AAA study finds infotainment systems making cars increasingly distracting

By HUB SmartCoverage Team on October 6th, 2017

Technological advancement is great, but if it eliminates one problem while simultaneously causing another, can it really be considered an advancement?

That's one of the implications that gets made in a recently released AAA study that looks at the impact of infotainment systems on driving safety. Conducted by University of Utah professor David Strayer, it is the latest in a series of projects done by the AAA's Foundation for Traffic Safety.

Strayer's core argument is that the proliferation of new social platforms and their integration into infotainment systems has significantly raised the level of distraction that a driver experiences on the road. Between touch screens, voice commands, windshield displays, and everything else, the possibilities are exciting but also somewhat dangerous—something the study results attests to. Among 30 of the 2017 model year cars examined, drivers consistently took their eyes off the road and hands off the wheel. Researchers rated 23 of the vehicles either "very high" or "high" in terms of the attention they demanded from drivers.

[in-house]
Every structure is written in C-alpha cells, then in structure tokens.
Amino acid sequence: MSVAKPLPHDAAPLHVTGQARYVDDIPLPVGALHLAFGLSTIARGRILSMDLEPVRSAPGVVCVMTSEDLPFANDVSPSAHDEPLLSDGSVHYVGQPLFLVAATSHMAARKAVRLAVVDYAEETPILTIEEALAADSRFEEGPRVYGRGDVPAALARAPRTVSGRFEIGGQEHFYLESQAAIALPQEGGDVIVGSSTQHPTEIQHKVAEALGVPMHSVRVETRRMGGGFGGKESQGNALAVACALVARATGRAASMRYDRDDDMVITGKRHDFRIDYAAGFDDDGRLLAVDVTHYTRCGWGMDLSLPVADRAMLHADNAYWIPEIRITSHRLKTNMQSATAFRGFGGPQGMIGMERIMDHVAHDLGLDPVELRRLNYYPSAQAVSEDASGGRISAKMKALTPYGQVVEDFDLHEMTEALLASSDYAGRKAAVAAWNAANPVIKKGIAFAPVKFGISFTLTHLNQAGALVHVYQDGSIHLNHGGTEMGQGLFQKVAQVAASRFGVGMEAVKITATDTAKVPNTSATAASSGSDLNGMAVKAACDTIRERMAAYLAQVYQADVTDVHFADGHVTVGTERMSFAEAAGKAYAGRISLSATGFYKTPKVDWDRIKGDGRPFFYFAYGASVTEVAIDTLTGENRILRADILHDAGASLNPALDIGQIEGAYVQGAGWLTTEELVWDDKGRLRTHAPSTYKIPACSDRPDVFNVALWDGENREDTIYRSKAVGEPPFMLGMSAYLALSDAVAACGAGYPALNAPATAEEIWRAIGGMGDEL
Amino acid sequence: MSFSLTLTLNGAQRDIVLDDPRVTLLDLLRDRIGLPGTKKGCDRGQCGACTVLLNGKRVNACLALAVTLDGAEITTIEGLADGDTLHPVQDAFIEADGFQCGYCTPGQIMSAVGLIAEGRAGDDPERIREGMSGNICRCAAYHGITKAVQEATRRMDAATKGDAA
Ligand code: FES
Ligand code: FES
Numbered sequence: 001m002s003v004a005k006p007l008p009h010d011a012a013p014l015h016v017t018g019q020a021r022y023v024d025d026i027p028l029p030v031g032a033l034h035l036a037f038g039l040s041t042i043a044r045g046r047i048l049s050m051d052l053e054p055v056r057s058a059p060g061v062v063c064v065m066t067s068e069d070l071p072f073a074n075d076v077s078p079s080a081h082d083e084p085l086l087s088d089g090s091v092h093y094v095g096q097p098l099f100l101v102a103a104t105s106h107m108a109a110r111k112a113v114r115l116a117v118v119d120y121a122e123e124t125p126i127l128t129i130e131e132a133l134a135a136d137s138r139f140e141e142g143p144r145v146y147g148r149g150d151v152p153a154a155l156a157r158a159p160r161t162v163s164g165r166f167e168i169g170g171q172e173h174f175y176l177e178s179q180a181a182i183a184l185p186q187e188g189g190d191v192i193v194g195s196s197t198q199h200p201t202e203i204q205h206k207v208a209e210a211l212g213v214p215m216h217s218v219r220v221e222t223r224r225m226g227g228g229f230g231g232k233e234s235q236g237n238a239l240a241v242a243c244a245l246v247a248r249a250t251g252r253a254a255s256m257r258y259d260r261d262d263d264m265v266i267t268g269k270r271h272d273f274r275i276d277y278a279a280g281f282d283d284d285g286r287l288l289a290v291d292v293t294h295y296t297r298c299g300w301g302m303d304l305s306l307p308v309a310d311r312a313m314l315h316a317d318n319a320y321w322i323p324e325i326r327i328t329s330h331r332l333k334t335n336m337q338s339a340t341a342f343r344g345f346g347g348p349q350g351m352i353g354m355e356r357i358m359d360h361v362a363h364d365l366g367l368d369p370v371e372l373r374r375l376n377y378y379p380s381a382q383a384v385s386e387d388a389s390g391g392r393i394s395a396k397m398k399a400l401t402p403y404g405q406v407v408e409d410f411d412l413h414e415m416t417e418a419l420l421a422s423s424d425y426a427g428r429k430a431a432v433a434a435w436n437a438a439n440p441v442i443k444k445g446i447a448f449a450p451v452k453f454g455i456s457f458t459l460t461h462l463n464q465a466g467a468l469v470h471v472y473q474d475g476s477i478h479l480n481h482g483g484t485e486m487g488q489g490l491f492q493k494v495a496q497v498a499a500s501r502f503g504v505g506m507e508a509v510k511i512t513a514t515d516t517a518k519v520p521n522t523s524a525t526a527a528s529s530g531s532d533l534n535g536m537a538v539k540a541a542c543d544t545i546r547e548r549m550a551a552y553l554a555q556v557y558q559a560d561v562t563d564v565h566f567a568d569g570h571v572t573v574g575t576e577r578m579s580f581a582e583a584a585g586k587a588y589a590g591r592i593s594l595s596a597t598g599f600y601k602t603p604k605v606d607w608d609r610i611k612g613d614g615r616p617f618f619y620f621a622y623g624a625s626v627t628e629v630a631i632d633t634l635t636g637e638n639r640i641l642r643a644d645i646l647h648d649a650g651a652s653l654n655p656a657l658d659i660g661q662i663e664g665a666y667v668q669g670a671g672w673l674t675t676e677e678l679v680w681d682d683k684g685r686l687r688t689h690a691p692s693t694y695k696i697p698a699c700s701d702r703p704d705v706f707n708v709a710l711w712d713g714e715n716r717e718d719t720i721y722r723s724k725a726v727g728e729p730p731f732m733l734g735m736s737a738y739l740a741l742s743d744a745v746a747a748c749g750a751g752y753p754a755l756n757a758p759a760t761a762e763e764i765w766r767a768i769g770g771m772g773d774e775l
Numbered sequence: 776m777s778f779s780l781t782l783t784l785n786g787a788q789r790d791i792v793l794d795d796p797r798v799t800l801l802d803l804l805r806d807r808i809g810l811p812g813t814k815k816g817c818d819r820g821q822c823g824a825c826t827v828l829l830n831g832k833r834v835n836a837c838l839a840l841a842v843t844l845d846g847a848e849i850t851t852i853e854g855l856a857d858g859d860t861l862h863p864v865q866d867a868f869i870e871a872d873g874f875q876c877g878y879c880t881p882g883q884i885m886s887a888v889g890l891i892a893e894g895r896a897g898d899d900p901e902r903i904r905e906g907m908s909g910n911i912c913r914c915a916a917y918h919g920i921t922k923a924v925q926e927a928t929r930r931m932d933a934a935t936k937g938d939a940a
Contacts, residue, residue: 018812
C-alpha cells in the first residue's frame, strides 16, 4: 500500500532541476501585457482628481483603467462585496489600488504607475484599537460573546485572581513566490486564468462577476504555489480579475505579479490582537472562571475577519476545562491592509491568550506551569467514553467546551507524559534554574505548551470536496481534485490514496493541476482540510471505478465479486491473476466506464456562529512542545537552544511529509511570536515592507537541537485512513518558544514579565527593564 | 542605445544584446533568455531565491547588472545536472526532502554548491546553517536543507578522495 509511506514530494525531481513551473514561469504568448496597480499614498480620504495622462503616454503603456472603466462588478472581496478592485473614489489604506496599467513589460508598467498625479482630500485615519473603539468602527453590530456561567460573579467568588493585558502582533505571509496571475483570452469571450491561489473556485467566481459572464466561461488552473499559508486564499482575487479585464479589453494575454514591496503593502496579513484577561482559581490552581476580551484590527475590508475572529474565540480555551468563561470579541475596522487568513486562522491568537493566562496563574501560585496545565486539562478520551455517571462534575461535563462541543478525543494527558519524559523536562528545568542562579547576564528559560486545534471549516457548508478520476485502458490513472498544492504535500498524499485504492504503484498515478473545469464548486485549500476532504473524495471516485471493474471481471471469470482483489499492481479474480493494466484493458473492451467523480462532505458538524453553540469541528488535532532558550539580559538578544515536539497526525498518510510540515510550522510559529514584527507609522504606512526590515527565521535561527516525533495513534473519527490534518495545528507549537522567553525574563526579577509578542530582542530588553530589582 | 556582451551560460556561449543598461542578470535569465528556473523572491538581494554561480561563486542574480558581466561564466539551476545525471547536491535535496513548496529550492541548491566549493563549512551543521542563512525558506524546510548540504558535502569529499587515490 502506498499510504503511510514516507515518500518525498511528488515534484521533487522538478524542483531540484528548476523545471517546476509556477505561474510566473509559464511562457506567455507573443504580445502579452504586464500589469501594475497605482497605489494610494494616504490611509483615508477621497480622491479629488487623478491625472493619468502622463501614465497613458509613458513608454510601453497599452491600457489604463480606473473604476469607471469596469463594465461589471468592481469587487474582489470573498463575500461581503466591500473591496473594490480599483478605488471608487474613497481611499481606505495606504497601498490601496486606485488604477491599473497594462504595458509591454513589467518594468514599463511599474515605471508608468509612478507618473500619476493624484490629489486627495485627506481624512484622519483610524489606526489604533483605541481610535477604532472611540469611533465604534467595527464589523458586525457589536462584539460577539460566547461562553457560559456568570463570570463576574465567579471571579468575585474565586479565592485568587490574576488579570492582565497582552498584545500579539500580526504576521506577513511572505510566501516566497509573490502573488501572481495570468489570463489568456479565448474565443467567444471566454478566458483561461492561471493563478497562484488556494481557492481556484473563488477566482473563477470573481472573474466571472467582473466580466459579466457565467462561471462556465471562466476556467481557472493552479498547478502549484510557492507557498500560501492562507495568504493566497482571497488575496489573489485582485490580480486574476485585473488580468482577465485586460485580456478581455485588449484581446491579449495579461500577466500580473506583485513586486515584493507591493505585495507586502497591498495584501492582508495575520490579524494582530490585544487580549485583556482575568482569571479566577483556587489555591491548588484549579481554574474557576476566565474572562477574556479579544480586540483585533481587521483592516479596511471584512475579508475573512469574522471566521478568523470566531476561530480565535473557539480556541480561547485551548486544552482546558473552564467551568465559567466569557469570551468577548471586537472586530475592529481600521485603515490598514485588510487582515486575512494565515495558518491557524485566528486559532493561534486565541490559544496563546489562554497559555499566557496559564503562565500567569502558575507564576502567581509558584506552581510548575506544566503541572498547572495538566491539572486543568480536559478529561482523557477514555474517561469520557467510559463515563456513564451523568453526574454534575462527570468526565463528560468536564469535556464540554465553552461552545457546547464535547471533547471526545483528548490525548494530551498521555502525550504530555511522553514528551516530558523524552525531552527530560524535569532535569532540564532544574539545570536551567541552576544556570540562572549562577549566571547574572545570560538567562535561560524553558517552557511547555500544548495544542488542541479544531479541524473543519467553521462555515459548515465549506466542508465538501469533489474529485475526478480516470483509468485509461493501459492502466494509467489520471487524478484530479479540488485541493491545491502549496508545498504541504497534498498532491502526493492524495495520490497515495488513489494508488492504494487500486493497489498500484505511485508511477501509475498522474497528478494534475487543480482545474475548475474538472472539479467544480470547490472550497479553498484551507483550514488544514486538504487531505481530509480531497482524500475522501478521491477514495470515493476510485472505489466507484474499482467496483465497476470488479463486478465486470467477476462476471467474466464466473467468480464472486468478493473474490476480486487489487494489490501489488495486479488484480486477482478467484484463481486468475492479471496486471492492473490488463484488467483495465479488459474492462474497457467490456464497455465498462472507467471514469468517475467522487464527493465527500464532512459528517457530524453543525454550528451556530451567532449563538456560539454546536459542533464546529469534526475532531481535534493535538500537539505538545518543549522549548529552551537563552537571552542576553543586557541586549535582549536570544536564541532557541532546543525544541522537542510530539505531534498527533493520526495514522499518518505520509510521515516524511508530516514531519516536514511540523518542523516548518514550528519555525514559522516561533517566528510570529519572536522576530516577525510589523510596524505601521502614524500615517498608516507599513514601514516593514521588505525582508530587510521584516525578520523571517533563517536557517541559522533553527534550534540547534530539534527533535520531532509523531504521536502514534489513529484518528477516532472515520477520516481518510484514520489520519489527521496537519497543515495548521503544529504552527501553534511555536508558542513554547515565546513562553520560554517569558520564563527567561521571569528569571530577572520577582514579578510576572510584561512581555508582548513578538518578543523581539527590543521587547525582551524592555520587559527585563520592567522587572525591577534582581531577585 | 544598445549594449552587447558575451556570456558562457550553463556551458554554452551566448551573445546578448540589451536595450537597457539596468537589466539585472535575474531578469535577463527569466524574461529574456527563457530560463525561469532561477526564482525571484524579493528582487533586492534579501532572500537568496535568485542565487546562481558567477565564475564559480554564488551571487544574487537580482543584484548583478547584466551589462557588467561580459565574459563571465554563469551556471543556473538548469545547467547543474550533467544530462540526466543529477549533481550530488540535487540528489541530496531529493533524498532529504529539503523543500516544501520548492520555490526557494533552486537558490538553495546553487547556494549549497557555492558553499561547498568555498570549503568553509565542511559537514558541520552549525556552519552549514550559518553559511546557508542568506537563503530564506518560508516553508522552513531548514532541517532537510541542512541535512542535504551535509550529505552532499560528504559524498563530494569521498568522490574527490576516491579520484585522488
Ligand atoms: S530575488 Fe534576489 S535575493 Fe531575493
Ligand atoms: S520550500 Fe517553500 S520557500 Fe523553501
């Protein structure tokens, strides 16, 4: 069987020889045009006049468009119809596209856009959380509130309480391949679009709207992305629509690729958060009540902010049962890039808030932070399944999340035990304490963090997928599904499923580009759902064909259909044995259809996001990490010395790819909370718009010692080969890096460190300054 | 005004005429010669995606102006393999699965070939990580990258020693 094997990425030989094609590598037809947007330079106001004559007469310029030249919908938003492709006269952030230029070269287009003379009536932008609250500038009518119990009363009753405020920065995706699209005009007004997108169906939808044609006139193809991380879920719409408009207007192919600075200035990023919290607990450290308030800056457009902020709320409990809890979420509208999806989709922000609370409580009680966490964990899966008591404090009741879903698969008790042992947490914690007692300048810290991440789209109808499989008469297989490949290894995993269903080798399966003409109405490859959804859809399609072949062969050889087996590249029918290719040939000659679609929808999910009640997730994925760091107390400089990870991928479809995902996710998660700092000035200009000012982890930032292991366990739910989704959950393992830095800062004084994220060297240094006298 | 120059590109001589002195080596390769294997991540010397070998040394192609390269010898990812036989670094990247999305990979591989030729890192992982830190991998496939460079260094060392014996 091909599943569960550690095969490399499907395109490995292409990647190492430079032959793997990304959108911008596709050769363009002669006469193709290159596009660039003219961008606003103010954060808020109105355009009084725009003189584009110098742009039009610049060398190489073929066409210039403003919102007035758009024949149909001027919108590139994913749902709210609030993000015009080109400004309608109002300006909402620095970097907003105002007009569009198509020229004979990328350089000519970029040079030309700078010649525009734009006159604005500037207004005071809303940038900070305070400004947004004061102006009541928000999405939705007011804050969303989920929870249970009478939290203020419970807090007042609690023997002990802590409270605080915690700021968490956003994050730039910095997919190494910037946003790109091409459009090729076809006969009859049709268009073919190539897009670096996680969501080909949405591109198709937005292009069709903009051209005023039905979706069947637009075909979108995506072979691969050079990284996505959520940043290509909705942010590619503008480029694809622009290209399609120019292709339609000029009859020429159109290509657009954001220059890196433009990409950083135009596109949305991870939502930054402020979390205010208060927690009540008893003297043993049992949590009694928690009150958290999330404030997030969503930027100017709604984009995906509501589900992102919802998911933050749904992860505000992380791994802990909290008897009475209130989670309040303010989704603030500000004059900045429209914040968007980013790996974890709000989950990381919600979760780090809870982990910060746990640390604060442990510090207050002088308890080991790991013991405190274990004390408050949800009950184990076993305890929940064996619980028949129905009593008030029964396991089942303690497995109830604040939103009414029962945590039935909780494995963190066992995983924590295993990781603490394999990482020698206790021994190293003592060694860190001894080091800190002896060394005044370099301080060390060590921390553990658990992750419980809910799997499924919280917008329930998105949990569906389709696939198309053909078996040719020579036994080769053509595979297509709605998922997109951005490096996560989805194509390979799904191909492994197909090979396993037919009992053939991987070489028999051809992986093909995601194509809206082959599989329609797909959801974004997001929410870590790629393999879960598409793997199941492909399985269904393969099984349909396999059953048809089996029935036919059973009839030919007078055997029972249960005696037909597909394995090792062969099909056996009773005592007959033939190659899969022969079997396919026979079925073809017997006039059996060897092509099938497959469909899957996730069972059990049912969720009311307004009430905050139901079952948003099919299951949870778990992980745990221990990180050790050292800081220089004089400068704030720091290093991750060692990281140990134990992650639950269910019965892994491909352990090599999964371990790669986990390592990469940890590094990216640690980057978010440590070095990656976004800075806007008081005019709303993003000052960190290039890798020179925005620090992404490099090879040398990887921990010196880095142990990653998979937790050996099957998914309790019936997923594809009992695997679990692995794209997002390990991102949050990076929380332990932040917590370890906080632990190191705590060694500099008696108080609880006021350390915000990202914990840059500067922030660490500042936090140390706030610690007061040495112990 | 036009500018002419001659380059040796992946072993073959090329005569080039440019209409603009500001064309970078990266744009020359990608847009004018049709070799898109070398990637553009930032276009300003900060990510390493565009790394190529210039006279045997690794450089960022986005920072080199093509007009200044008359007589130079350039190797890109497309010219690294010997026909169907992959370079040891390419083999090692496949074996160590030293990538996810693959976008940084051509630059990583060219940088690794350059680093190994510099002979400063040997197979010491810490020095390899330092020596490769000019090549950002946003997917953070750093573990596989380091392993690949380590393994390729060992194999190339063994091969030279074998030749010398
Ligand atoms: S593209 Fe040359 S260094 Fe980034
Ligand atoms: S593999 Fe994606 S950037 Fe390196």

"It's adding more and more layers of complexity and information at drivers' fingertips without often considering whether it's a good idea to put it at their fingertips," said Strayer.

Not everyone agrees with that assessment. Auto industry professionals are adamant that none of these infotainment systems pose any sort of new or heightened threats.

"[Vehicle-integrated systems] are designed to be used in the driving environment and require driver attention that is comparable to tuning the radio or adjusting climate controls, which have always been considered baseline acceptable behaviours while driving," said Wade Newton, a spokesman for the Alliance of Automobile Manufacturers.

AAA is firmly on the other side of the argument, though. It says that drivers should use infotainment systems "only for legitimate emergencies or urgent, driving-related purposes," urging automakers to install features that would prevent drivers to program navigation systems or send texts while driving.

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